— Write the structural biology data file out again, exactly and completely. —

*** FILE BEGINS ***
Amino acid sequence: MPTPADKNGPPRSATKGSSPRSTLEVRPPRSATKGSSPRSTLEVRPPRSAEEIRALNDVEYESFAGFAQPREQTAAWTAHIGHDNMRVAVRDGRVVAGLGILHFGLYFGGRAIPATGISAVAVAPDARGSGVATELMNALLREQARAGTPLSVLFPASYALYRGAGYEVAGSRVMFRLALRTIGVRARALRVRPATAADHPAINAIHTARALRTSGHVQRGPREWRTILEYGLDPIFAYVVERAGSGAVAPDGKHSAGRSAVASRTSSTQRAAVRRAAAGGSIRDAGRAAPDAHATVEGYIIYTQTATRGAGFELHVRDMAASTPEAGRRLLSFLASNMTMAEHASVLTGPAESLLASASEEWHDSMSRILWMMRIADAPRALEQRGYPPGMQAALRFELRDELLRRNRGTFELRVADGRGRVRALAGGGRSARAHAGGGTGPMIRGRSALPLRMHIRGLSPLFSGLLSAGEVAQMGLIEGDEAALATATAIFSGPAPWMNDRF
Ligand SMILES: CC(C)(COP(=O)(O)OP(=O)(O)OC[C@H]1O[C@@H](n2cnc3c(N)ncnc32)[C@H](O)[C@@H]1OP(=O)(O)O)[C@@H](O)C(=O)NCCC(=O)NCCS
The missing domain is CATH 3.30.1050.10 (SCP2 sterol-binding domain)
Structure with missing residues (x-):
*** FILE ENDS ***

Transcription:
Amino acid sequence: MPTPADKNGPPRSATKGSSPRSTLEVRPPRSATKGSSPRSTLEVRPPRSAEEIRALNDVEYESFAGFAQPREQTAAWTAHIGHDNMRVAVRDGRVVAGLGILHFGLYFGGRAIPATGISAVAVAPDARGSGVATELMNALLREQARAGTPLSVLFPASYALYRGAGYEVAGSRVMFRLALRTIGVRARALRVRPATAADHPAINAIHTARALRTSGHVQRGPREWRTILEYGLDPIFAYVVERAGSGAVAPDGKHSAGRSAVASRTSSTQRAAVRRAAAGGSIRDAGRAAPDAHATVEGYIIYTQTATRGAGFELHVRDMAASTPEAGRRLLSFLASNMTMAEHASVLTGPAESLLASASEEWHDSMSRILWMMRIADAPRALEQRGYPPGMQAALRFELRDELLRRNRGTFELRVADGRGRVRALAGGGRSARAHAGGGTGPMIRGRSALPLRMHIRGLSPLFSGLLSAGEVAQMGLIEGDEAALATATAIFSGPAPWMNDRF
Ligand SMILES: CC(C)(COP(=O)(O)OP(=O)(O)OC[C@H]1O[C@@H](n2cnc3c(N)ncnc32)[C@H](O)[C@@H]1OP(=O)(O)O)[C@@H](O)C(=O)NCCC(=O)NCCS
The missing domain is CATH 3.30.1050.10 (SCP2 sterol-binding domain)
Structure with missing residues (x-):